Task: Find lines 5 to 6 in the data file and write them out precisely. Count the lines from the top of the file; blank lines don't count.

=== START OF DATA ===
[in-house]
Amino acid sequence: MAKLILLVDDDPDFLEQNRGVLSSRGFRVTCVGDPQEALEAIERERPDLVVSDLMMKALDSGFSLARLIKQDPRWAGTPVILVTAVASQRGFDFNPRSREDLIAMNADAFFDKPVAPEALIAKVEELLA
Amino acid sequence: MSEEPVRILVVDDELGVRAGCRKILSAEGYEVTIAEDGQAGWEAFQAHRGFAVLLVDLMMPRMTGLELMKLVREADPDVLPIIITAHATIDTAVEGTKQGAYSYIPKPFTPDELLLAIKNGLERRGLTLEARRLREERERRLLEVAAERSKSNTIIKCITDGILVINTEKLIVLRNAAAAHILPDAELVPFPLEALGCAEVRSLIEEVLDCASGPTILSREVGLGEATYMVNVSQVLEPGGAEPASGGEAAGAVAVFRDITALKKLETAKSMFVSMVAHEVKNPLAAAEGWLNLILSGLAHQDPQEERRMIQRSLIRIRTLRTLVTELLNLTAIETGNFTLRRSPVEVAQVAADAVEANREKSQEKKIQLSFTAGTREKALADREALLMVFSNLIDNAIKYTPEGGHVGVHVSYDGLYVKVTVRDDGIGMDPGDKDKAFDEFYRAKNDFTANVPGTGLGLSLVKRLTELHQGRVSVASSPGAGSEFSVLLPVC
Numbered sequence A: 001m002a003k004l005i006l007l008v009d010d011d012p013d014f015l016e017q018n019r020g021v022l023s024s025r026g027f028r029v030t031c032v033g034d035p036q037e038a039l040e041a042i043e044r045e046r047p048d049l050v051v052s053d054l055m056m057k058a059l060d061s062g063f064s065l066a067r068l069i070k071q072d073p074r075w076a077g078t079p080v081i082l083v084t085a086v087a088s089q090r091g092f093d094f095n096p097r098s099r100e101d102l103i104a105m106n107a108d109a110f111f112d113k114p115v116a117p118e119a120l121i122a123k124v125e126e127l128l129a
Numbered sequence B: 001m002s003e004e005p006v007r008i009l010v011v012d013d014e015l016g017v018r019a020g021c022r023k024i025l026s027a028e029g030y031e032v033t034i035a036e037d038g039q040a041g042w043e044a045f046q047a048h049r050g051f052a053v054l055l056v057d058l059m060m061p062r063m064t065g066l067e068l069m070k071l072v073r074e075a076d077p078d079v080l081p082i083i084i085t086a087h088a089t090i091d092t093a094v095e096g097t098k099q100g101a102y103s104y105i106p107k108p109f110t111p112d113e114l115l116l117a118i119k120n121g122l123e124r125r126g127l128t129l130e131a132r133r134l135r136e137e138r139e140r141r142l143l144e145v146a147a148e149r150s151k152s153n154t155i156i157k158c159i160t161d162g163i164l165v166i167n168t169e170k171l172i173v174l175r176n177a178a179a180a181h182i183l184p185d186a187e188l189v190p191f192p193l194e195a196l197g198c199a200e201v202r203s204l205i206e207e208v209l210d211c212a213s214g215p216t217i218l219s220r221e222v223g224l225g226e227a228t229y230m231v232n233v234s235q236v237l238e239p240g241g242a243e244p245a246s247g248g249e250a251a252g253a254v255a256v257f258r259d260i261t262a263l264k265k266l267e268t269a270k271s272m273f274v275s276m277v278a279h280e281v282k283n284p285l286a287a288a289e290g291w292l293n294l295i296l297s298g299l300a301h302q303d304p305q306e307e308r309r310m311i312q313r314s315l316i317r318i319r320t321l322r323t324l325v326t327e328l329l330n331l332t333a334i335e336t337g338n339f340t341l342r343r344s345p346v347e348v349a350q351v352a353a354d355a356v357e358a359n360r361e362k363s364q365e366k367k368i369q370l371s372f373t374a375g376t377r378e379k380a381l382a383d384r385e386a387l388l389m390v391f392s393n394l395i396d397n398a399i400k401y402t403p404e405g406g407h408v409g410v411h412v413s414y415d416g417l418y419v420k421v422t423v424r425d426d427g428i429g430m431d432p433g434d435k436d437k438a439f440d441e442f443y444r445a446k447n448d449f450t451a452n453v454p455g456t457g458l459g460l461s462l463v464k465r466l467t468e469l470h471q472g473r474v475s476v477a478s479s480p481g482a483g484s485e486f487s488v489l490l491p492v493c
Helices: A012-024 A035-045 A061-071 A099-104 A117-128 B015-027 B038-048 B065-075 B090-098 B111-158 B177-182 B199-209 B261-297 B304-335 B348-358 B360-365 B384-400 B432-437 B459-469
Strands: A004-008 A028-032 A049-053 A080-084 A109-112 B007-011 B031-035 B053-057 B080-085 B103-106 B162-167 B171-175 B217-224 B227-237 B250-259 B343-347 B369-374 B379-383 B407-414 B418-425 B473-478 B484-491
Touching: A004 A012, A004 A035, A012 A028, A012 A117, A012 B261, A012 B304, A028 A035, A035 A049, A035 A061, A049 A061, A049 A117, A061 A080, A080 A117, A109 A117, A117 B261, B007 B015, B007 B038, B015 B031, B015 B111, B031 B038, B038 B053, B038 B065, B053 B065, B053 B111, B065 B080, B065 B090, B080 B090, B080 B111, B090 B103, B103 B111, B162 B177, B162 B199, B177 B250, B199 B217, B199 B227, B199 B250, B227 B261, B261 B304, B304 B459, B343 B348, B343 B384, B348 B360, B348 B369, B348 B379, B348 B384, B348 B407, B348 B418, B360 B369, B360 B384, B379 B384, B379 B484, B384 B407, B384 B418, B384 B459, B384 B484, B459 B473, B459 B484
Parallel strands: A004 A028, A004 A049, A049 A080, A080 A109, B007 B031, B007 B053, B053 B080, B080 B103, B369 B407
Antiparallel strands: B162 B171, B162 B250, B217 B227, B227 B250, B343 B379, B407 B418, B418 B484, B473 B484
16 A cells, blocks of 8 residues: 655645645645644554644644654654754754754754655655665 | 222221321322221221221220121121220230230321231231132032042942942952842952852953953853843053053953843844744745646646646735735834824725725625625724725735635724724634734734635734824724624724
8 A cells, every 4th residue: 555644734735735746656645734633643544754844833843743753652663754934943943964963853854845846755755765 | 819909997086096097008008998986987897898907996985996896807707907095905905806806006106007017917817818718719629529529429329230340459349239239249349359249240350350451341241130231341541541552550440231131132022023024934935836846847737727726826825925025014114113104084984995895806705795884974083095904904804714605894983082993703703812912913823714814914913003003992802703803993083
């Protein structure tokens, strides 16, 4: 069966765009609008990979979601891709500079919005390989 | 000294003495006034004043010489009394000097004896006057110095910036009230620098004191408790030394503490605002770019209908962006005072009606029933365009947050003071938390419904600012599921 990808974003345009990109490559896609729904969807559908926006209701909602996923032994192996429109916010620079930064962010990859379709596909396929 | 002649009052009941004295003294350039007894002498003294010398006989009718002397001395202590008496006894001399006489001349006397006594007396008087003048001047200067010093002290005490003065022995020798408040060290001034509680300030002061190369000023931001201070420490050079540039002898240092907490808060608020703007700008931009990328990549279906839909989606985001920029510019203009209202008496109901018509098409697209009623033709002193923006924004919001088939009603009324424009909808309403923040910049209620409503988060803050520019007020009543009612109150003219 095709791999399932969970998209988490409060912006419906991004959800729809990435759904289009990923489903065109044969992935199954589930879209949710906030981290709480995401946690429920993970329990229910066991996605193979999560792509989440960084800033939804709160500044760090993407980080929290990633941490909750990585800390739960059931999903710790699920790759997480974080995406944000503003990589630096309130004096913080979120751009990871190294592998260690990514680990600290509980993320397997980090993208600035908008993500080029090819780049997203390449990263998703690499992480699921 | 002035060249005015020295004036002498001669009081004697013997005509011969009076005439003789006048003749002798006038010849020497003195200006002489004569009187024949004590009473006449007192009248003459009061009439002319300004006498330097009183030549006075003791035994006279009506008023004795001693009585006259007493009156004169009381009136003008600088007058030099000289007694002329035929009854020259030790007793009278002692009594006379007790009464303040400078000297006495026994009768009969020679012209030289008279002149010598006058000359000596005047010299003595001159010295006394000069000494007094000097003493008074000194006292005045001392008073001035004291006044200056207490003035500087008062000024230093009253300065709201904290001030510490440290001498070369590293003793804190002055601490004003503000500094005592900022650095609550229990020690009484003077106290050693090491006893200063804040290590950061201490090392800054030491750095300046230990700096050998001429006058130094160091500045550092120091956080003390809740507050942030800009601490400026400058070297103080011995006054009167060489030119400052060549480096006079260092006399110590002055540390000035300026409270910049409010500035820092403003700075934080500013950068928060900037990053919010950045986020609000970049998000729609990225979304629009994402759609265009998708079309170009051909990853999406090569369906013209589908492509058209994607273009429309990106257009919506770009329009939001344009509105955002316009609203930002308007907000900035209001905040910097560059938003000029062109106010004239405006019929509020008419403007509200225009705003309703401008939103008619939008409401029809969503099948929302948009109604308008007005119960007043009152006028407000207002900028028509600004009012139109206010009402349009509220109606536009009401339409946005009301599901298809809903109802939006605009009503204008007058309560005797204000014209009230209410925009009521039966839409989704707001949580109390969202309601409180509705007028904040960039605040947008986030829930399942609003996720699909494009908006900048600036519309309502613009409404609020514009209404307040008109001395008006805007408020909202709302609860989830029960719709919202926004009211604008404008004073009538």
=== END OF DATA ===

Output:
Numbered sequence B: 001m002s003e004e005p006v007r008i009l010v011v012d013d014e015l016g017v018r019a020g021c022r023k024i025l026s027a028e029g030y031e032v033t034i035a036e037d038g039q040a041g042w043e044a045f046q047a048h049r050g051f052a053v054l055l056v057d058l059m060m061p062r063m064t065g066l067e068l069m070k071l072v073r074e075a076d077p078d079v080l081p082i083i084i085t086a087h088a089t090i091d092t093a094v095e096g097t098k099q100g101a102y103s104y105i106p107k108p109f110t111p112d113e114l115l116l117a118i119k120n121g122l123e124r125r126g127l128t129l130e131a132r133r134l135r136e137e138r139e140r141r142l143l144e145v146a147a148e149r150s151k152s153n154t155i156i157k158c159i160t161d162g163i164l165v166i167n168t169e170k171l172i173v174l175r176n177a178a179a180a181h182i183l184p185d186a187e188l189v190p191f192p193l194e195a196l197g198c199a200e201v202r203s204l205i206e207e208v209l210d211c212a213s214g215p216t217i218l219s220r221e222v223g224l225g226e227a228t229y230m231v232n233v234s235q236v237l238e239p240g241g242a243e244p245a246s247g248g249e250a251a252g253a254v255a256v257f258r259d260i261t262a263l264k265k266l267e268t269a270k271s272m273f274v275s276m277v278a279h280e281v282k283n284p285l286a287a288a289e290g291w292l293n294l295i296l297s298g299l300a301h302q303d304p305q306e307e308r309r310m311i312q313r314s315l316i317r318i319r320t321l322r323t324l325v326t327e328l329l330n331l332t333a334i335e336t337g338n339f340t341l342r343r344s345p346v347e348v349a350q351v352a353a354d355a356v357e358a359n360r361e362k363s364q365e366k367k368i369q370l371s372f373t374a375g376t377r378e379k380a381l382a383d384r385e386a387l388l389m390v391f392s393n394l395i396d397n398a399i400k401y402t403p404e405g406g407h408v409g410v411h412v413s414y415d416g417l418y419v420k421v422t423v424r425d426d427g428i429g430m431d432p433g434d435k436d437k438a439f440d441e442f443y444r445a446k447n448d449f450t451a452n453v454p455g456t457g458l459g460l461s462l463v464k465r466l467t468e469l470h471q472g473r474v475s476v477a478s479s480p481g482a483g484s485e486f487s488v489l490l491p492v493c
Helices: A012-024 A035-045 A061-071 A099-104 A117-128 B015-027 B038-048 B065-075 B090-098 B111-158 B177-182 B199-209 B261-297 B304-335 B348-358 B360-365 B384-400 B432-437 B459-469